So you’ve done it! You have edited your CV, applied for that dream job and secured your first interview. You feel absolutely amazing as you ‘fist pump’ the air in a way that says ‘I did it!’ Suddenly, your brain is doing a mental check of your wardrobe and your 'fist pump' is suspended in mid-air as a horrible realisation hits: you have no idea what to wear!
Calm down, this is where we can help you.
Now don’t get me wrong, the content of your interview will always be the most important element. Your knowledge of the company, the role you are applying for and your enthusiasm at being in that role is key, but your attire will also play a massive part in deciding the final outcome.
In the interview setting, first impressions are instant and can be the lasting impression, if you are not given the chance to progress onto the next stage that’s it I am afraid. It takes seconds for a complete stranger to form an opinion of you – negative or positive –based on your appearance alone, and once formed it can take an awful lot of work to impress someone enough to change that initial opinion. This can be hard, especially when you only have a short window to showcase yourself in an interview. Luckily the question of what to wear to an interview is an age-old one and as such, there has been some rules established over the years on attire:
The formal interview
Most interviews will be a formal one. Always aim to dress one notch above what you would normally consider suitable for the role you are applying for. If in doubt you can use platforms such as the company website or LinkedIn to see how other members of staff dress for work and crank that up a notch. My advice to both men and women however is and will always be: wear a suit. Yes, a suit. Playing it safe has never killed anyone. Suits are timeless and never go out of fashion. There is always some gorgeous actor on the cover of Vogue magazine sporting a two or three piece, which keeps them current and relevant.
Simply, you have a choice of a trouser, dress or a skirt. As a general rule the hemline of both your dress and skirt should be biro length above the knee. Wear black, you can hardly go wrong with black. Navy and brown can also be worn and, depending on the role that you are applying for, you may be able to get away with wearing a lighter plain/pastel colour in the summer.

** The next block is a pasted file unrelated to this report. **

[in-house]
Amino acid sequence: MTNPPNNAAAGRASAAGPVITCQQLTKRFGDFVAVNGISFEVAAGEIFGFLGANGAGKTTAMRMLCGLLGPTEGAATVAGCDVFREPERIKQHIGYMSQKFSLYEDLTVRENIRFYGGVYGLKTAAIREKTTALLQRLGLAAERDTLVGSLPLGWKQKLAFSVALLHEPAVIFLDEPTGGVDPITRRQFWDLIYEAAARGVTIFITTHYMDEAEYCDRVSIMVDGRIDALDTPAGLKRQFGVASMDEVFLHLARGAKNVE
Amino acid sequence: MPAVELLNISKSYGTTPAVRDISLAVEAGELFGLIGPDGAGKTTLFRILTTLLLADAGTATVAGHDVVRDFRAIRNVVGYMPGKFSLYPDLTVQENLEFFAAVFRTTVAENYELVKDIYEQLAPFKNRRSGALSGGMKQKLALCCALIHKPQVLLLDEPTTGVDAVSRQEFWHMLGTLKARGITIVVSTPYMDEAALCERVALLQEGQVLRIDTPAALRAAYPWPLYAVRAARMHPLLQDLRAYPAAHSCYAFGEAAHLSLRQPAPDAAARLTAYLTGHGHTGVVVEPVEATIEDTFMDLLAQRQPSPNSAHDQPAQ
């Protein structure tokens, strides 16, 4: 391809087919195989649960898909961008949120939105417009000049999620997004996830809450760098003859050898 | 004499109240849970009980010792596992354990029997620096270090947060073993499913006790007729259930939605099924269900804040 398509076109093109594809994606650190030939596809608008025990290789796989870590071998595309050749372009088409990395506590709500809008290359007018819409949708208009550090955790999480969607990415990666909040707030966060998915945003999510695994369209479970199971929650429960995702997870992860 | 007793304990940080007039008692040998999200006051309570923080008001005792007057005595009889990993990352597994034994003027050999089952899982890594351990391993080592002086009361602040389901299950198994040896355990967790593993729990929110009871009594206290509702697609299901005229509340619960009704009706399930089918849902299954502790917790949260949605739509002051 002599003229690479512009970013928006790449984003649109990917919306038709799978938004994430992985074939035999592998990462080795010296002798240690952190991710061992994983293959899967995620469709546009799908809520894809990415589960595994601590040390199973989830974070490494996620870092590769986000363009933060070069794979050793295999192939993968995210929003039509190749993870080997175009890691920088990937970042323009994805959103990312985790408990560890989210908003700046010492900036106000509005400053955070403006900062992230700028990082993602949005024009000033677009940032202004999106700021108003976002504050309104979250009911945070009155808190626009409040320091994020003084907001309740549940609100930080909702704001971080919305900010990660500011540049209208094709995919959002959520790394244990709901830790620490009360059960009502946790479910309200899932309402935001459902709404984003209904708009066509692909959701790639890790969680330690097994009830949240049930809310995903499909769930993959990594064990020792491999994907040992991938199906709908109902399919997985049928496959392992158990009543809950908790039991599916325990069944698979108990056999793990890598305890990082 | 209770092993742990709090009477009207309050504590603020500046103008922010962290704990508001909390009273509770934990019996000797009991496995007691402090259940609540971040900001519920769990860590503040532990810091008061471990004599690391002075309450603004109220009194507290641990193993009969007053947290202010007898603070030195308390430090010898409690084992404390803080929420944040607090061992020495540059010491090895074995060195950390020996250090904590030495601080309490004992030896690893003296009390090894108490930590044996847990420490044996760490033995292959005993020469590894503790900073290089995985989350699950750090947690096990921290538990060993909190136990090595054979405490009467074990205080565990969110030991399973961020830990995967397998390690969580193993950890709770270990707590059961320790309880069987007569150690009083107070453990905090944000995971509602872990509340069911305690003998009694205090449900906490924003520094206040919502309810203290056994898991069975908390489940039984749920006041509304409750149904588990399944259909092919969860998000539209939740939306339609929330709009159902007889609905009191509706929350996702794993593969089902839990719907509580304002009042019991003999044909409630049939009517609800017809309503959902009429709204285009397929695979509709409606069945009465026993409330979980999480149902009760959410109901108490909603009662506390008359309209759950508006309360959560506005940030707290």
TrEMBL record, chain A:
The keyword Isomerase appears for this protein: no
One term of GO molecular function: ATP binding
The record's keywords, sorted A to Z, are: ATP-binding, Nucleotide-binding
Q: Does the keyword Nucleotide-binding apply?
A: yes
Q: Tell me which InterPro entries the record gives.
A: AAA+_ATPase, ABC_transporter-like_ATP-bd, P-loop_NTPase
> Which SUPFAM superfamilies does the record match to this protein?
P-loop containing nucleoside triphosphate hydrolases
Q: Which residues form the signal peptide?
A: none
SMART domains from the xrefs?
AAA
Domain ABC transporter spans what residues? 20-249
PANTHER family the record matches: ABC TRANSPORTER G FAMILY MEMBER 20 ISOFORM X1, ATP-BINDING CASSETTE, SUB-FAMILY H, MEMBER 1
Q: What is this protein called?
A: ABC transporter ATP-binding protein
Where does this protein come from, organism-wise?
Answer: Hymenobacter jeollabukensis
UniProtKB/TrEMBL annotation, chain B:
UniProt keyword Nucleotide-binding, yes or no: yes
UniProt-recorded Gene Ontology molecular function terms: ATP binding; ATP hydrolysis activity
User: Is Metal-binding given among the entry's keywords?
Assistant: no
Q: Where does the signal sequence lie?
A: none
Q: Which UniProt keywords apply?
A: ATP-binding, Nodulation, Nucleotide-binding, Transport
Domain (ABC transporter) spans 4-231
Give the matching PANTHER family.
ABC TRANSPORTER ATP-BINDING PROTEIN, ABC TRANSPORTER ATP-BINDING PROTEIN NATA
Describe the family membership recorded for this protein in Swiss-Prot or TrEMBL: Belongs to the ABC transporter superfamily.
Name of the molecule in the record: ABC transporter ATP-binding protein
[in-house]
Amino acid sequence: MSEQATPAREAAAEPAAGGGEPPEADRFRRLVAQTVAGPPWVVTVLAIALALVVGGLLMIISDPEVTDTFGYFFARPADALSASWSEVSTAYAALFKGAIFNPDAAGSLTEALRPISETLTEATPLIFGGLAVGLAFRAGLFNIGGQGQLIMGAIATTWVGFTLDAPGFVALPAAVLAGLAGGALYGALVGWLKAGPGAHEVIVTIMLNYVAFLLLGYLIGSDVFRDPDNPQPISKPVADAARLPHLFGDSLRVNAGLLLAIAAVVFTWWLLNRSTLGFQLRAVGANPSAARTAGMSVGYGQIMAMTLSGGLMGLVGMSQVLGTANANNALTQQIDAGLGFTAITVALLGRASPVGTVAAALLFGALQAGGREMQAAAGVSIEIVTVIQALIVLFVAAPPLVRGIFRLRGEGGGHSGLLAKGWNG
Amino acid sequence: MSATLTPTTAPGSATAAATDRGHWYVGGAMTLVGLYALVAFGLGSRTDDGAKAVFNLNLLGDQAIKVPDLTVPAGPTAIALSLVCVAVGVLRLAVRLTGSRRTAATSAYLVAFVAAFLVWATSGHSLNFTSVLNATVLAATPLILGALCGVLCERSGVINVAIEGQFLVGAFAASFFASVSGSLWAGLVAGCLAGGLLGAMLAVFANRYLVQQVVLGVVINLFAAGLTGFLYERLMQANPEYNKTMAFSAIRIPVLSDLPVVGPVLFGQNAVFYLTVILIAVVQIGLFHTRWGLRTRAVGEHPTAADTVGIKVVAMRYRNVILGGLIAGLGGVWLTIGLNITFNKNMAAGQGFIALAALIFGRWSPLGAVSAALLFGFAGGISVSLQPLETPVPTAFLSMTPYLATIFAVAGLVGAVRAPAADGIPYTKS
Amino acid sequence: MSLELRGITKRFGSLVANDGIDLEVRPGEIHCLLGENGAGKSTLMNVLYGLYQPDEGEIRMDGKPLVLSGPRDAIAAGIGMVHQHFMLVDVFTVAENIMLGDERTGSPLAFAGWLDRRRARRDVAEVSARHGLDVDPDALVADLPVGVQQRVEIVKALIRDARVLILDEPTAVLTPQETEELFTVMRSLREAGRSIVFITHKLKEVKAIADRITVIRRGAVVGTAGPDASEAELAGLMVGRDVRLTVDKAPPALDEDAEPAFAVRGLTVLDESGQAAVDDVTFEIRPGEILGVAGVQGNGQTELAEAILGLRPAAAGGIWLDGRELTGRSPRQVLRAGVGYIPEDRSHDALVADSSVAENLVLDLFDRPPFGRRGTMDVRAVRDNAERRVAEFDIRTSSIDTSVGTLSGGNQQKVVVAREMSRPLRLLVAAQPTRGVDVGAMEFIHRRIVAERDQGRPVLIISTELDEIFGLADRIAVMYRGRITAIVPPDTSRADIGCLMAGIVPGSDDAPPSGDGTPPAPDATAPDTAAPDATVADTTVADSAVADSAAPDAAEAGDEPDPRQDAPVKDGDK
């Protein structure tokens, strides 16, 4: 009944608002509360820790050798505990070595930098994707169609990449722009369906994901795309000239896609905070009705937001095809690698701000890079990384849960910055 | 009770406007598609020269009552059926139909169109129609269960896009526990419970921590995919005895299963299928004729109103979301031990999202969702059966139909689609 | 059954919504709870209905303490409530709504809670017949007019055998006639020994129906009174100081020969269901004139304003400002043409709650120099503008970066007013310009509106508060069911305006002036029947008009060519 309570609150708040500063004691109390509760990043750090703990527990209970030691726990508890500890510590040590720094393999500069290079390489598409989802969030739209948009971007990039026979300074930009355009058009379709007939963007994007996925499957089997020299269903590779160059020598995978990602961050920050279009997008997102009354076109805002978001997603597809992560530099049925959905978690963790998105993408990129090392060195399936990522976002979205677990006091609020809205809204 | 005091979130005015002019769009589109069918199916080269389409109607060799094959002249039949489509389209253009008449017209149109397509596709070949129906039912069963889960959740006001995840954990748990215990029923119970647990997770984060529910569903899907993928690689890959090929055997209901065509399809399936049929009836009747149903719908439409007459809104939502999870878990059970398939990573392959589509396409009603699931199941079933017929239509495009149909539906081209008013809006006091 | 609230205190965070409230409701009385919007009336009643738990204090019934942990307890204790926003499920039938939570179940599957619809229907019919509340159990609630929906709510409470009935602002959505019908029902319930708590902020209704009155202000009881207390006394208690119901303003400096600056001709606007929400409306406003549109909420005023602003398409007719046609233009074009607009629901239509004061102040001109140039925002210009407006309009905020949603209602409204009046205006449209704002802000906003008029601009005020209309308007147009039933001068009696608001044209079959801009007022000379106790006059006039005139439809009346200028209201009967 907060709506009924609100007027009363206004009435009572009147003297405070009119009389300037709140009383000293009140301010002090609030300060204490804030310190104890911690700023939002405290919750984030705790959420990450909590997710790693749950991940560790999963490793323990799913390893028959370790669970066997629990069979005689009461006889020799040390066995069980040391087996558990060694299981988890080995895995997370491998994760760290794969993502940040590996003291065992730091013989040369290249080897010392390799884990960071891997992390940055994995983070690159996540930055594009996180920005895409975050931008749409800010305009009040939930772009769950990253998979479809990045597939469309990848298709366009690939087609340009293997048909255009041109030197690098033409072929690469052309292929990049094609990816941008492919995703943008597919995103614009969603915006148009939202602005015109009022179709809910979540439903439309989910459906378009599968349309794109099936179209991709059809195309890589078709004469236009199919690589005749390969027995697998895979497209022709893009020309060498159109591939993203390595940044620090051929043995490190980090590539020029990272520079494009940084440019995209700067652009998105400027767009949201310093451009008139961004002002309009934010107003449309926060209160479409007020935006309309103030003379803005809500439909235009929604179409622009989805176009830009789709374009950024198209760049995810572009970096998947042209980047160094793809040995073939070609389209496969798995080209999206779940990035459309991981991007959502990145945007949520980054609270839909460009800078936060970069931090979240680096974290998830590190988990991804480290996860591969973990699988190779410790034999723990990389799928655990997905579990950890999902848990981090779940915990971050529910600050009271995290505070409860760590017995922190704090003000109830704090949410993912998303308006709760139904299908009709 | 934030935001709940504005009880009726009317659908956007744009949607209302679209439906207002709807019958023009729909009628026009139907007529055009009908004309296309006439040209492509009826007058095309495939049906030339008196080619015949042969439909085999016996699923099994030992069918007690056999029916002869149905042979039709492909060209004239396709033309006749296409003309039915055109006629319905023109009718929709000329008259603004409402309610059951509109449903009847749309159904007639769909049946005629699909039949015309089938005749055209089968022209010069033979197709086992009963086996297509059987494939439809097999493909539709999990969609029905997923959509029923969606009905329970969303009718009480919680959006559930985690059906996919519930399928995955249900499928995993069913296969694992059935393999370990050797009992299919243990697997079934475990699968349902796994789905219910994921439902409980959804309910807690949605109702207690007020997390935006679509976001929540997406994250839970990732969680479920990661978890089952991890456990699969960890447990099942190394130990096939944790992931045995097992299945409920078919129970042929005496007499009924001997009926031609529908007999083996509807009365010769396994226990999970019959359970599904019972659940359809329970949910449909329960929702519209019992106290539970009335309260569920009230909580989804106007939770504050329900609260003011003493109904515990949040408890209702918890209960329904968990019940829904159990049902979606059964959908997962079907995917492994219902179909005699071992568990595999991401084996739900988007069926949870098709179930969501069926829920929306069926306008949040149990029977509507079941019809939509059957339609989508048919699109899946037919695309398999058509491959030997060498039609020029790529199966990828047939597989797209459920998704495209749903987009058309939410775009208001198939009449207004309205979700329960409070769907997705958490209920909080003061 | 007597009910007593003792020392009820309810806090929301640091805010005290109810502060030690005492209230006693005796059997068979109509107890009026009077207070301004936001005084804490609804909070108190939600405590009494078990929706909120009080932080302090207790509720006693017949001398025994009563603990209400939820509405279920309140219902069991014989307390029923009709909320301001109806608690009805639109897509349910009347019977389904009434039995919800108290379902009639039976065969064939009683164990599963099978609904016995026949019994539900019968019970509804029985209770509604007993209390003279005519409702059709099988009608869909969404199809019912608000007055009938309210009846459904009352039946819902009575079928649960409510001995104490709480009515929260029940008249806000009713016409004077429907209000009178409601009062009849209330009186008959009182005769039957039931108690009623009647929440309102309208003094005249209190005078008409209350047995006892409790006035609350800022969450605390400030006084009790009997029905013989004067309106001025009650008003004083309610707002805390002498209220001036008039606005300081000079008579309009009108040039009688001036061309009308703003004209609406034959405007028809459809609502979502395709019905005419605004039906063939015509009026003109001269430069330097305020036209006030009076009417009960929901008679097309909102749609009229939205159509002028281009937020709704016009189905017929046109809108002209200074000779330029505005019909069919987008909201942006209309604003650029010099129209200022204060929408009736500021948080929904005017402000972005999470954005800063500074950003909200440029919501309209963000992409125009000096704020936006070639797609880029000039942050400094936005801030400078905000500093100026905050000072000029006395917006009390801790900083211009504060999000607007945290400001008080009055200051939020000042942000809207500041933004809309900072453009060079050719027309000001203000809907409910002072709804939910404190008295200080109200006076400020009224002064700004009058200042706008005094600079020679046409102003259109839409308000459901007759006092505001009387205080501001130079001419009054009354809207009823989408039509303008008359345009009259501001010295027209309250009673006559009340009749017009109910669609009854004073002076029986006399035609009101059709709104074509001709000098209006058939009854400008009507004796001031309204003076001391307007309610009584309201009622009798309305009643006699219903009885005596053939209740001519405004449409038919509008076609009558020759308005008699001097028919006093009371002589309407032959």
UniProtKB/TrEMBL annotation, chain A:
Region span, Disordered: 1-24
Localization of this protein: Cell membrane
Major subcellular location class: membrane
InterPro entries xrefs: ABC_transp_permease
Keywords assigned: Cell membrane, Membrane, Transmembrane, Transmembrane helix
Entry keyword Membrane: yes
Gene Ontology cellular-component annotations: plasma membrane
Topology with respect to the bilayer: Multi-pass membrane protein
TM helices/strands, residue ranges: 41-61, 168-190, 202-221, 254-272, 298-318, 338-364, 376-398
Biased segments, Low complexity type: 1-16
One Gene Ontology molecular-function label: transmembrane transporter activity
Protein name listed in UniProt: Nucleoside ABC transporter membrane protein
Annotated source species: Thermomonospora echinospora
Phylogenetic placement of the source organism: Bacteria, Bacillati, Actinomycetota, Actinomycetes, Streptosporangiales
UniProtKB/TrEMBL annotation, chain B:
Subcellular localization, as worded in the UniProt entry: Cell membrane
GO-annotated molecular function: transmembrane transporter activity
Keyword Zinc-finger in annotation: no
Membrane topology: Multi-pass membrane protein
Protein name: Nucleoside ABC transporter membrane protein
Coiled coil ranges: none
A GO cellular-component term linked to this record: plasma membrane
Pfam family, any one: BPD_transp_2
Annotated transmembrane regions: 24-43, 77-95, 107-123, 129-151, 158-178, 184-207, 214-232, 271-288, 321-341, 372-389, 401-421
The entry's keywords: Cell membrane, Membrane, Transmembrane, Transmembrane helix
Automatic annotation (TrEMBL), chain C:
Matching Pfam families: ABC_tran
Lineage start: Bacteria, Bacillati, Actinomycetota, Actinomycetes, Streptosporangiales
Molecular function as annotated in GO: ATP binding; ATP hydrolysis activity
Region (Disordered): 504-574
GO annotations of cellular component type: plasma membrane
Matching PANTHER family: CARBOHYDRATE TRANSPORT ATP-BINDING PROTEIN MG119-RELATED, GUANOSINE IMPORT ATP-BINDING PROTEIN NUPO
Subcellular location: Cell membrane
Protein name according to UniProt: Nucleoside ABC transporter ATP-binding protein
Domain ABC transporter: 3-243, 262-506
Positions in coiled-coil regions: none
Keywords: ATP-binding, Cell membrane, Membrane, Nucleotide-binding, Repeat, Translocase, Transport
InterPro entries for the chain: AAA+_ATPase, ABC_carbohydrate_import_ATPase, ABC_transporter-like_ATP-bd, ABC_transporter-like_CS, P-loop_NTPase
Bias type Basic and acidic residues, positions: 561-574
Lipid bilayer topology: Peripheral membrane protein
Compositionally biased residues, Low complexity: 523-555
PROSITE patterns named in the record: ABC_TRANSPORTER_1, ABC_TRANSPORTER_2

If you think black or blue is a little too demure, and wish to show a little of your personality you can add a hint of colour with a scarf. Please, avoid a mass amount of pattern i.e. on your shirt. A white crisp long sleeve blouse, or a shirt with a simple stripe is always best. Keep heels at a sensible height. You do not know how far you may need to walk to meet the interviewer, you will already be nervous enough, why add to your discomfort? Court shoes or kitten heels are advisable.
Keep jewellery to a minimum, do not wear dangling earrings or lots of bracelets – they can be distracting to the interviewer. Also ensure that your nails are neatly manicured. Hair should be neat and tidy.
Stick to dark, sober colours such as black, blue, brown and on occasions grey. Wear black shoes with a black, blue or grey suit and brown shoes with a brown or blue suit. Avoid mixing black and brown (believe me it just does not look good) and try to aim for leather shoes with laces as opposed to a buckle or a strap. Laces serve to add a level of professionalism that a buckle just does not.
Experience has taught us that cotton wins over linen. Some people consider linen to not be a great option in the business world and would never even attempt it, but that is not our only qualms with linen – that stuff creases ridiculously easy. Attending an interview with a suit that looks like you did not iron it is a huge NO-NO. It makes you look unprepared and unprofessional.
Oh and guys please try to avoid patterned ties, they are distracting and can throw your interviewer, and therefore interview right off. What I mean by this is avoid wearing ties with characters such as Rugrats, Homer Simpson or Santa Claus splashed over it. Try to wear something that compliments your ensemble. Go with a plain, long-sleeved white shirt, and a non-patterned, single-coloured tie. If you must wear colours then stick to a simple stripe pattern. The same applies to your belt and socks, its great if they match your shoes. Black belt and socks with black shoes and brown belt and socks with brown shoes. Will the interview notice your socks? Absolutely, especially if they are white socks. You can further avoid distraction by keeping jewellery to a minimum.
In terms of hairstyles keep it neat and professional, and pay attention to your nails, ensure that they are neatly trimmed. Remember the first thing you will be doing is shaking the interviewer’s hand.
If a company specifies that you should wear business casual outfits to an interview, this is of course a different matter. Still I would not recommend that you rock up to the company in jeans and flip-flops, even if that is what you see everyone else wearing –remember: they have already secured their jobs, you have not!
For both men and women, we recommend that you wear casual trousers and a blazer. You do not need to wear a tie and shoes can be less formal. Still if in doubt stick to this rule: No jeans. No trainers. No T-shirts.
Remember feeling good and looking good can boost your confidence and help you to perform better in an interview. Aim for comfort as well as professionalism. My favourite part of any interview outfit is of course the most natural part. Your Smile! ‘You are never fully dressed without a smile’, so smile and above all else be yourself in that amazing outfit.